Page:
One of Aida’s “Riffs” for the salad was to add either feta, goat cheese, or blue cheese. I think the feta would have been an excellent “Riff” with the crumbly texture and saltiness of the cheese. I will be including this salad in my list of go-to recipes for fall and winter.
* I received Keys to the Kitchen for my review. I was not asked to write any articles about the book and have in no way been compensated. The opinions expressed regarding this book are my own.
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Arugula Salad with Roasted Squash, Currants, and Pine Nuts
Yield: 4 servings
Prep Time: 15 minutes
Cook Time: 15 minutes
Total Time: 30 minutes
2 Tablespoons balsamic vinegar
1 Tablespoon red wine vinegar
2 teaspoons Dijon mustard
1 teaspoon packed light brown sugar
1 teaspoon Worcestershire sauce
2 Tablespoons extra-virgin olive oil
Kosher salt and freshly ground black pepper
1 pound butternut or delicata squash, trimmed, halved lengthwise, and seeded
1 Tablespoon olive oil
1/2 teaspoon Kosher salt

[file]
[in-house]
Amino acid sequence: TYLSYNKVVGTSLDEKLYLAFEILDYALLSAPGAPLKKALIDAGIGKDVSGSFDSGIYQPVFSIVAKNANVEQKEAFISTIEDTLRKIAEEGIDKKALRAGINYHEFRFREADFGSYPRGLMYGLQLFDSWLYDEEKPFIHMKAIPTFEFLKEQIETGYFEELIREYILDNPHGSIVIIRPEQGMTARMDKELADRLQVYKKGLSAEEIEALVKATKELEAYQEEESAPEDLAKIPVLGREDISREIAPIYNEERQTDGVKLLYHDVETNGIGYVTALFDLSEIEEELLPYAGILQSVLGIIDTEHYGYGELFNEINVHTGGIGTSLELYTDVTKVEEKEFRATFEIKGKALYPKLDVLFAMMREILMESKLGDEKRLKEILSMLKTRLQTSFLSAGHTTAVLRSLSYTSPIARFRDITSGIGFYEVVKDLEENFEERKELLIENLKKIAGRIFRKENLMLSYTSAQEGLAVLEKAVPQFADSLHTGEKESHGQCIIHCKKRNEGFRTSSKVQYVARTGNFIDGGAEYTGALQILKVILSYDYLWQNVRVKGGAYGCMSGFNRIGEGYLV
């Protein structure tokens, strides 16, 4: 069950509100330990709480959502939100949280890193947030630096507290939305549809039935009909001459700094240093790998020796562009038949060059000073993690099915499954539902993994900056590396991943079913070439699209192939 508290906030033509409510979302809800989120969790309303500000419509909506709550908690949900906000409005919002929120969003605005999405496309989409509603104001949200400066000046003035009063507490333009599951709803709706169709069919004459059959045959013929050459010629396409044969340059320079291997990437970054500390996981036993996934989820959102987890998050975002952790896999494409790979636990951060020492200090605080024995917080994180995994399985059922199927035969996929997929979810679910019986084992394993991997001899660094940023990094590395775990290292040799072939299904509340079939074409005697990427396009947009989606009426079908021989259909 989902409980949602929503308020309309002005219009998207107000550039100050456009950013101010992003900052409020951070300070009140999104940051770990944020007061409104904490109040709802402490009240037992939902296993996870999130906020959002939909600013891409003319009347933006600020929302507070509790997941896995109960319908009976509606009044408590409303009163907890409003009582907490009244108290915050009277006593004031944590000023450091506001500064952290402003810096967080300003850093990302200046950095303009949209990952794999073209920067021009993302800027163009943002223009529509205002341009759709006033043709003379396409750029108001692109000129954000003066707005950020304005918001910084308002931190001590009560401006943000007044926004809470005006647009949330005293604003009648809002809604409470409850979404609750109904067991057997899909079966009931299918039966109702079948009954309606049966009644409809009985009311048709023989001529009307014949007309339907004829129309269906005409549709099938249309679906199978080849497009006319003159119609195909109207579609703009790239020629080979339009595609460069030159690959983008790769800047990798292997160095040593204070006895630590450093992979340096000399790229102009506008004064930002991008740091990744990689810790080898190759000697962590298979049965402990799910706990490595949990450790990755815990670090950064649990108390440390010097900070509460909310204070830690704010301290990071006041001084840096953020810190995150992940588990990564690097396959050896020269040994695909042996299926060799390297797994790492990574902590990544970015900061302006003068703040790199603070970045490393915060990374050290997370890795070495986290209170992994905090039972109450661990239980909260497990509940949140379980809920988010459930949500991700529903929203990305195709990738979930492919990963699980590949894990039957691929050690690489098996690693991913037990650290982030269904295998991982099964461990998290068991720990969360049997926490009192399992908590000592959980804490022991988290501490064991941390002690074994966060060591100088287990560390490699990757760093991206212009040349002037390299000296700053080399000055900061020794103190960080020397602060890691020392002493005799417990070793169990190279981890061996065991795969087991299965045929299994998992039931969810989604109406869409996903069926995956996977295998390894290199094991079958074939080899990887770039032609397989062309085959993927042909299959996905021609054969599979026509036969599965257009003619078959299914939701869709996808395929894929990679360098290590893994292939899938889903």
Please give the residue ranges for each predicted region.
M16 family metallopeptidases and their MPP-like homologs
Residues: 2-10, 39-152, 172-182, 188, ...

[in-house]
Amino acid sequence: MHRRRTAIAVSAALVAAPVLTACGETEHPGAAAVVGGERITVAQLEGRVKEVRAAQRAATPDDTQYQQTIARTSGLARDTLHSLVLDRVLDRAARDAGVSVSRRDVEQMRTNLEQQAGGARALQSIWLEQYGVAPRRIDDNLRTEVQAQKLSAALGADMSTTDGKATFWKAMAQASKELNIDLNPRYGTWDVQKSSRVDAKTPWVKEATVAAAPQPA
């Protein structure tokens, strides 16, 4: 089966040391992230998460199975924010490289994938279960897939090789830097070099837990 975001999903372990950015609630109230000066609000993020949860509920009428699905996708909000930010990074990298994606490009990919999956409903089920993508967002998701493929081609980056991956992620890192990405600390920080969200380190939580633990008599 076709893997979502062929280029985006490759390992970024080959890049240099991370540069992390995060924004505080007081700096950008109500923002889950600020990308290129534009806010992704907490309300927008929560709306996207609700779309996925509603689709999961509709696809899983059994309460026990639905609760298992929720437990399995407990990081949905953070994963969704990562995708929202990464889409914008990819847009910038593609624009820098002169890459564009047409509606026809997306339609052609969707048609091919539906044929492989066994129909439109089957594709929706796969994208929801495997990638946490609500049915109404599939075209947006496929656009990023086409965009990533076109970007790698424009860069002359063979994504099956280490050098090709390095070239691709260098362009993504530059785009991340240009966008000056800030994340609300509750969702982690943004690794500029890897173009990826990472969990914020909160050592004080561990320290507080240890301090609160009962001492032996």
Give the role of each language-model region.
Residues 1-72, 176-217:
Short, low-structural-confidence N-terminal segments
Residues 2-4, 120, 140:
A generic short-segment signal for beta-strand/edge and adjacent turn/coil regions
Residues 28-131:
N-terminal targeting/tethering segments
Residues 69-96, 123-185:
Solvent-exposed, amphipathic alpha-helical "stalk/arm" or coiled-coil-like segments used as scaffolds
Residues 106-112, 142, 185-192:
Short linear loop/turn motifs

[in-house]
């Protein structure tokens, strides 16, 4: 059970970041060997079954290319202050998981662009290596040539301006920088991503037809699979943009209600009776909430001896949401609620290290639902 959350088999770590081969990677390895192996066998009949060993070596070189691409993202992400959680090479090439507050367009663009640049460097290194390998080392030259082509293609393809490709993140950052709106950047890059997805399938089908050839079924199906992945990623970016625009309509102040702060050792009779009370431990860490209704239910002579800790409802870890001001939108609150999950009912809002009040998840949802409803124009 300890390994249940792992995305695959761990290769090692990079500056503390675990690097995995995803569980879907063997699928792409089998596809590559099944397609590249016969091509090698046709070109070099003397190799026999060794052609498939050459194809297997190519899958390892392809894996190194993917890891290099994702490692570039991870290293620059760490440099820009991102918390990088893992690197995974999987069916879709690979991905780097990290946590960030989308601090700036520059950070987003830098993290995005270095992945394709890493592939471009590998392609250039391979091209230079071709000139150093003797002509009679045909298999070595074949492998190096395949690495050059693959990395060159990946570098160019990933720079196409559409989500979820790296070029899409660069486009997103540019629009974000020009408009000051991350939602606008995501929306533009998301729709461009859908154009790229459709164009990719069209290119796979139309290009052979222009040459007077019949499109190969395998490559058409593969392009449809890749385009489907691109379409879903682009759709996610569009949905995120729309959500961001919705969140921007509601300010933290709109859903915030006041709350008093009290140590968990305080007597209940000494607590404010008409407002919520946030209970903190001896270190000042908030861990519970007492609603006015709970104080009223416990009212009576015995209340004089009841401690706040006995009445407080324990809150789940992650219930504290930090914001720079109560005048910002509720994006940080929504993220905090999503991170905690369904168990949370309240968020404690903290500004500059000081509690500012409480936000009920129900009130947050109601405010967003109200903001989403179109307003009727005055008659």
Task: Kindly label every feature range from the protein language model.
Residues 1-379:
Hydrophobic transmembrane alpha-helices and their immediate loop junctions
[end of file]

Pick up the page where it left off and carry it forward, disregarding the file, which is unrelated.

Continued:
Freshly ground black pepper
2 ounces (about 2 handfuls) baby arugula leaves
1/3 cup toasted pine nuts
1/2 cup dried currants
For the Vinaigrette:
1. Combine the vinegars in medium nonreactive bowl with the mustard, brown sugar, and Worcestershire and whisk to evenly combine. Set aside to let the flavors meld, at least 5 minutes. Slowly whisk in the olive oil until completely combined. Season with salt and pepper and serve.
For the Salad:
1. Heat oven to 450 degrees and arrange a rack in the middle.
2. Cut the squash halves crosswise into semicircles that are 1/2 inch thick (you’ll have about 8). Toss the squash with the oil, salt, and pepper, and spread out on a rimmed baking sheet. Roast until the undersides and browned and lightly blistered, 10 to 15 minutes.
3. To assemble, place a portion of greens in each serving bowl, top with a scattering of pine nuts and currants, then add a couple squash piece. Finish with a few cranks of freshly ground black pepper, as desired. Drizzle with a few teaspoons of dressing and pass the extra on the side.
Swap sweet potato for the squash.
Top with crumbled feta, goat cheese, or bleu cheese.
Add some sautéed mushrooms.
Recipe reprinted from:
Keys to the Kitchen